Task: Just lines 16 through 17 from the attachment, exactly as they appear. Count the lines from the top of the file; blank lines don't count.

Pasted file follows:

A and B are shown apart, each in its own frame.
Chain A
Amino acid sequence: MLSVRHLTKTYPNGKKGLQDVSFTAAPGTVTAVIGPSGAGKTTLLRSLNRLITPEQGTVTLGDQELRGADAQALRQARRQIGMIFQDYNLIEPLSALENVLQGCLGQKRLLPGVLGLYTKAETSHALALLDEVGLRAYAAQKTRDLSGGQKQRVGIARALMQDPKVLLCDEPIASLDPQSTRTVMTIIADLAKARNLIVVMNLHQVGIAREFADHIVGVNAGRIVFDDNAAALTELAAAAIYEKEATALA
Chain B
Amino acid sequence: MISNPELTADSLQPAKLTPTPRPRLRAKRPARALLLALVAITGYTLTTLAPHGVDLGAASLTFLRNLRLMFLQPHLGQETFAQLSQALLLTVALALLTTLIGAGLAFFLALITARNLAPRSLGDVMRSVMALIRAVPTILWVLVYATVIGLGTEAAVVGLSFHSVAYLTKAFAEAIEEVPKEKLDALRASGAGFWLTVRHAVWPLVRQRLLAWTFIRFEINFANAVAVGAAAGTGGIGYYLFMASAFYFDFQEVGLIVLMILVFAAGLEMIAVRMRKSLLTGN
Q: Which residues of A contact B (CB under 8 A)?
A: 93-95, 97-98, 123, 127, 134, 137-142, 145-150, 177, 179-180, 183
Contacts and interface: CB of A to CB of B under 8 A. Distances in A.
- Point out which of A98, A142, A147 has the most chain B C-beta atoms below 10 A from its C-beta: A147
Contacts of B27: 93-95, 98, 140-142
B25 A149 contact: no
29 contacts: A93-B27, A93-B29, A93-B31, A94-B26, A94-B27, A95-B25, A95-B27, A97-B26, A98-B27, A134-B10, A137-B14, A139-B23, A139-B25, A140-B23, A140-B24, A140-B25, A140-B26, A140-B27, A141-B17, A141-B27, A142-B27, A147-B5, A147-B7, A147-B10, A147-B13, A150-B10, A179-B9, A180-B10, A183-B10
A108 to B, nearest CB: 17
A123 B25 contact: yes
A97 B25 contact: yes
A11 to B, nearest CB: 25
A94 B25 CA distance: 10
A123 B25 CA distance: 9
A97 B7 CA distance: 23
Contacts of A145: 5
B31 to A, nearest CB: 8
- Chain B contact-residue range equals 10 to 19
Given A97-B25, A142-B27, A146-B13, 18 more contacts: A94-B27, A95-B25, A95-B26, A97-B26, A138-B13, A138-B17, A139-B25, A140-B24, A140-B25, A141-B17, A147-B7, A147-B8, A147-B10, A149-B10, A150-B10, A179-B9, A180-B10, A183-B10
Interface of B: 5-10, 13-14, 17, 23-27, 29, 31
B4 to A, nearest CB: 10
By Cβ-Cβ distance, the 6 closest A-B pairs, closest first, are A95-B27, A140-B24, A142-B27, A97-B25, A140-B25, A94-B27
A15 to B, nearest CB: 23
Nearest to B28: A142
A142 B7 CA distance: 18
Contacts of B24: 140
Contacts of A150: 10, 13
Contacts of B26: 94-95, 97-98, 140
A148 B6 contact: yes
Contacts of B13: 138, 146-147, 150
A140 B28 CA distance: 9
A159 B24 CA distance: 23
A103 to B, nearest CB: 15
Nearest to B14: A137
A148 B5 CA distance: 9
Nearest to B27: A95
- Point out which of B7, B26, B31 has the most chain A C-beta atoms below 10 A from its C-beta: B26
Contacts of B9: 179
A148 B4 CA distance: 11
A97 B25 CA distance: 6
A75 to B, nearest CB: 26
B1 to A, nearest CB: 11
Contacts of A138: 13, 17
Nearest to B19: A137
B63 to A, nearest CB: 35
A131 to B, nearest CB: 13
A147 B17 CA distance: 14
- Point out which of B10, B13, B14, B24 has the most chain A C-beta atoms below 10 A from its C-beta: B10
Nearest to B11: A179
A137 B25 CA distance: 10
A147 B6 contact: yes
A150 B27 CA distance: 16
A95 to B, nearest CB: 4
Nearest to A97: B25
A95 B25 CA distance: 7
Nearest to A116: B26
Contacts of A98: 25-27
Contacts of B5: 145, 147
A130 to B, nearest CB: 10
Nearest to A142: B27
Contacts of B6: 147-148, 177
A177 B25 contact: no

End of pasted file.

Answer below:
A11 to B, nearest CB: 25
A94 B25 CA distance: 10